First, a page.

Citizens and Police … Friendship Through Education
- A presentation from a different police division or law enforcement agency each month. You may hear what a judge, district attorney, state prison warden, or a county boot camp director has to say about what they are doing to fight crime.
- A chance to meet the officers that patrol your neighborhood and get to know them on a first name basis. You even hear from the Captain of your sub-station. (This is the person that can tell you what your station will be doing in the future.)
- Each month a different person is chosen to ride with a police officer on an actual tour of duty. At the next month’s meeting, you’ll get to hear from the “citizen-rookie” about his or her experience.
- Crime statistics are given out at the end of each monthly meeting. There are seven categories of crimes listed, each including the date, time, block address, and type of location where the crime occurred. The PIP Crime Statistics are also available on the Internet.
- After each formal meeting, a second, informal meeting is held – usually with refreshments! You’ll have an opportunity to talk to other citizens attending the meeting with you and may find commonalities which include ideas on how to help solve your neighborhood issues.
- Lots of other things happen at PIP meetings: citizens give crime tips, members may collect food for the hungry in their community or raise money for scholarships. The PIP group may honor an officer for outstanding work in the area, and being invited to a meeting with the chief is not uncommon. Note: You must be a member of a division PIP group to be eligible to attend the Citywide PIP meeting.
Remember, PIP does not send an officer out to your group. Your civic association should send your neighborhood residents to the police station for the civic PIP meeting.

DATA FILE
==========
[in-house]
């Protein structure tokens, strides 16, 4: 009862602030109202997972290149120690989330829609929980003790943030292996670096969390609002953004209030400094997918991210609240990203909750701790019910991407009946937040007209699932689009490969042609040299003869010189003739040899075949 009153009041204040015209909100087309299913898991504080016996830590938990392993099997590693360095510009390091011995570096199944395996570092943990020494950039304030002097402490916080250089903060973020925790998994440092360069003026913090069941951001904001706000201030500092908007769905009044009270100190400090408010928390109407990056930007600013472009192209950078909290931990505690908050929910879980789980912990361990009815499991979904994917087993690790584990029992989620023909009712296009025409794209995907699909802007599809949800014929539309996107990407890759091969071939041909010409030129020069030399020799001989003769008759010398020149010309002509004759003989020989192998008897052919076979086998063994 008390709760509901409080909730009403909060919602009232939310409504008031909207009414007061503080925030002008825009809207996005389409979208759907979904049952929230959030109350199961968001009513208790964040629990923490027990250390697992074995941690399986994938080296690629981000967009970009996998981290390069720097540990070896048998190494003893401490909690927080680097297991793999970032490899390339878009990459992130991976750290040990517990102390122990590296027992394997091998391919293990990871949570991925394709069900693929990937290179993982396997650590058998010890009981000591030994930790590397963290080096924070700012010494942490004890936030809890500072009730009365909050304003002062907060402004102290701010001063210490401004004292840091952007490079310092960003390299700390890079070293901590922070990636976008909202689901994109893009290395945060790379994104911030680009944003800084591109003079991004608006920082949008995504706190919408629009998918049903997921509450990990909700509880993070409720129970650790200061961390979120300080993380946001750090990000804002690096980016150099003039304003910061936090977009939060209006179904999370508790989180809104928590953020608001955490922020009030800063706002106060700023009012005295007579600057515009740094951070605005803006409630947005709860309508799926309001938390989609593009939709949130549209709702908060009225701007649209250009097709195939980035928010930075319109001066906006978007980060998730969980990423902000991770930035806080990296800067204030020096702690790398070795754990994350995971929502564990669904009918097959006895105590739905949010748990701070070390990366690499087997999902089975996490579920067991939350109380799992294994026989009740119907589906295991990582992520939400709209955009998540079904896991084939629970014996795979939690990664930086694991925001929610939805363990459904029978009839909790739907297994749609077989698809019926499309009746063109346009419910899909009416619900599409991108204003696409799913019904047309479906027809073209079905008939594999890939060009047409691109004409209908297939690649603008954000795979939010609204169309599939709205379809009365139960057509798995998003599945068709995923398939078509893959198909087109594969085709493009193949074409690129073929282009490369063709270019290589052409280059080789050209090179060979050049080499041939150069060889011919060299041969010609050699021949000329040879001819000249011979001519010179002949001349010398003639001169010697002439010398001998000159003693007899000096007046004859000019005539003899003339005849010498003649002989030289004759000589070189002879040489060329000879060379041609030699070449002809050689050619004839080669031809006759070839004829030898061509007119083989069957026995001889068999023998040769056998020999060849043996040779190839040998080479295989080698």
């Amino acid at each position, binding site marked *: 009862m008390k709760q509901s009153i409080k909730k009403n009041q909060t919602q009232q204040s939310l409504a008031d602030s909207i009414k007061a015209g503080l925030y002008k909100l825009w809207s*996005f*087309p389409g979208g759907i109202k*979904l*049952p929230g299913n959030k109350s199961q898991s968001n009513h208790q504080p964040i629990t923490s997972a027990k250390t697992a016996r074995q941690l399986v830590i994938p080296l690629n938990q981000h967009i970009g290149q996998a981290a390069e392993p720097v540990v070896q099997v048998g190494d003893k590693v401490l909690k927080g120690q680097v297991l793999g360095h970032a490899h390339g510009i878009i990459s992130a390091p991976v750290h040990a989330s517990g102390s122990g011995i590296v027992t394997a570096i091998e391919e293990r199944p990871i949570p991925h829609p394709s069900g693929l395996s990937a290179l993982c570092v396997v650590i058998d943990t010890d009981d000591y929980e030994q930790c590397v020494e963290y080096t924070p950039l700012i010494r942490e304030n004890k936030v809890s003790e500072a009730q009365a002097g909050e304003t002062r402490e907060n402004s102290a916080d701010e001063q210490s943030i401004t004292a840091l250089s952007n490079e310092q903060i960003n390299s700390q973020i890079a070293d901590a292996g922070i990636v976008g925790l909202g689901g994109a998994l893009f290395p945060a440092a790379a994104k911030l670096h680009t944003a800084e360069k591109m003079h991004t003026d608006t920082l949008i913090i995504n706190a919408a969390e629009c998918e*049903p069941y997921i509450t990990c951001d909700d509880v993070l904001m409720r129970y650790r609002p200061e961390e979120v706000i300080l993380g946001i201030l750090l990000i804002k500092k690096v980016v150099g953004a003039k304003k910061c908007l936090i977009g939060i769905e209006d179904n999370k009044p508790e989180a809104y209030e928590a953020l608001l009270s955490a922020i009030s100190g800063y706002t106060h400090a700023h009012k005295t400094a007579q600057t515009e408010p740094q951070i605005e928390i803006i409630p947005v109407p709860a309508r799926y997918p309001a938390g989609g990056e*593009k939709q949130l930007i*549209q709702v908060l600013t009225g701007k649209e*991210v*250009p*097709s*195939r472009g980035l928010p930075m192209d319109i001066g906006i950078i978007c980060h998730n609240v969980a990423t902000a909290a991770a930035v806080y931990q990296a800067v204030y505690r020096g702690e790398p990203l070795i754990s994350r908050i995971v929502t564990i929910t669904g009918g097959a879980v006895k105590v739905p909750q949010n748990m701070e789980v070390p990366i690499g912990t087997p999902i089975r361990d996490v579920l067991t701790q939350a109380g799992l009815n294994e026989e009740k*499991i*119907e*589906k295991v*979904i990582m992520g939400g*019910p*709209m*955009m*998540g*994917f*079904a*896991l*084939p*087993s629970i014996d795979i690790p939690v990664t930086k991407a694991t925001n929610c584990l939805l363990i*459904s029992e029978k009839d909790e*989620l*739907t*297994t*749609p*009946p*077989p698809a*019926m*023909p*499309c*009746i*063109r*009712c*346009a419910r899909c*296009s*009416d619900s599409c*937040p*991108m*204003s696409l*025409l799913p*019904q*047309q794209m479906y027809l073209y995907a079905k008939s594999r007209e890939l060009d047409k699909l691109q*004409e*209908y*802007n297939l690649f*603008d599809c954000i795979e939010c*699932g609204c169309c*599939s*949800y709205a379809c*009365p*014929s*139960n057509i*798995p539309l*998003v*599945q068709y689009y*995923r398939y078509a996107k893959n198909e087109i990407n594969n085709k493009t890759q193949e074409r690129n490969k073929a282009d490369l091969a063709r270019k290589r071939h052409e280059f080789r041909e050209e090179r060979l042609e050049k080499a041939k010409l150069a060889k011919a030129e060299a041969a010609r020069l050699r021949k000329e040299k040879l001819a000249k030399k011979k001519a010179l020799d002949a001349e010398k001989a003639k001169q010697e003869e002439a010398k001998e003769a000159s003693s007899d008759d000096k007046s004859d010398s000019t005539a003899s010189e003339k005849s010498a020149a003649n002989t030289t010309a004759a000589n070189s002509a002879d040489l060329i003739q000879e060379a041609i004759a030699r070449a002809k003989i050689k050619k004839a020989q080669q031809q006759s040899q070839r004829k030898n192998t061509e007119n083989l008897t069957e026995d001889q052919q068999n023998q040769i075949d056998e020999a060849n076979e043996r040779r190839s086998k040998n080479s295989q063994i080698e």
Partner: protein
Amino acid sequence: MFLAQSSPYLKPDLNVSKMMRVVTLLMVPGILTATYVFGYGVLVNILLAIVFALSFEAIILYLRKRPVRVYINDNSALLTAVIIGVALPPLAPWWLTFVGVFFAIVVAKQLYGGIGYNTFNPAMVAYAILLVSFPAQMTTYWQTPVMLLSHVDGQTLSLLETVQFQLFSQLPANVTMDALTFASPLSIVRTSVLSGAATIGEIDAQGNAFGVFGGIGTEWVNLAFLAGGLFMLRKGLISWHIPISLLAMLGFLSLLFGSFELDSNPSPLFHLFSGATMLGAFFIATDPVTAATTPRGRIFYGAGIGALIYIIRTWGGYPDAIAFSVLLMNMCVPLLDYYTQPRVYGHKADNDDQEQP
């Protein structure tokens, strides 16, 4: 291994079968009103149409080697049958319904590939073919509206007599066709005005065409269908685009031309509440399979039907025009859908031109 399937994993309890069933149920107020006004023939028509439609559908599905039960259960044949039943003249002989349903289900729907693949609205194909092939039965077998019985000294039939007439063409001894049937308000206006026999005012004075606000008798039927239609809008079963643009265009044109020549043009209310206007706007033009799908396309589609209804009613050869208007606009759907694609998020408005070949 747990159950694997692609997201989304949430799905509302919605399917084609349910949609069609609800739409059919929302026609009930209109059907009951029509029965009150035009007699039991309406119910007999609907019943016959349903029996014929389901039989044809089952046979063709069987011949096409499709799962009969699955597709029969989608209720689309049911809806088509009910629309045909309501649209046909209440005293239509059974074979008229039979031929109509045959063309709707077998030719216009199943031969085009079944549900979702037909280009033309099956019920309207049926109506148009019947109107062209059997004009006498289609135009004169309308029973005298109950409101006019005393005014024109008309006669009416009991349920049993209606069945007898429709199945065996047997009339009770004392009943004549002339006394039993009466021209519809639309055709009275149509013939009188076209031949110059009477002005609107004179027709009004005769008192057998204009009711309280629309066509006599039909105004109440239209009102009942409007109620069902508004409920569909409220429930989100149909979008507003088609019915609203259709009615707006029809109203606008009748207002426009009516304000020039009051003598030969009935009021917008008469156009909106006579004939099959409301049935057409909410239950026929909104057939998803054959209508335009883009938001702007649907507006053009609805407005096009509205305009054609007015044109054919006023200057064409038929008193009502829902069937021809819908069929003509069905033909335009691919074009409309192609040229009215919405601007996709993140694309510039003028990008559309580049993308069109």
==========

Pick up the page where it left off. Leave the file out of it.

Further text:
Since its pilot program in 1983 at one sub-station, PIP has grown considerably. There are now thirty city-wide PIP groups that meet monthly. Not all are civic association PIP’s. There are now apartment, business, school, and even a deaf and hard of Hearing PIP groups. Some PIP groups meet during lunch, at night and even at breakfast. All have the same purpose: to learn more about their police department. Educating Houston’s citizens on the function of the police department is essential to the PIP program. Once a citizen understands how the police department does its job, that citizen can better relay to the police department their neighborhood needs.The free flow of information and ideas gives both parties better understanding of needs and expectations. This fosters trust and friendship between citizens and the police department. Cooperation between the Houston Police Department and the citizens is imperative in the reduction of crime, which enhances the overall quality of life,
For more information on PIP and how to get involved contact: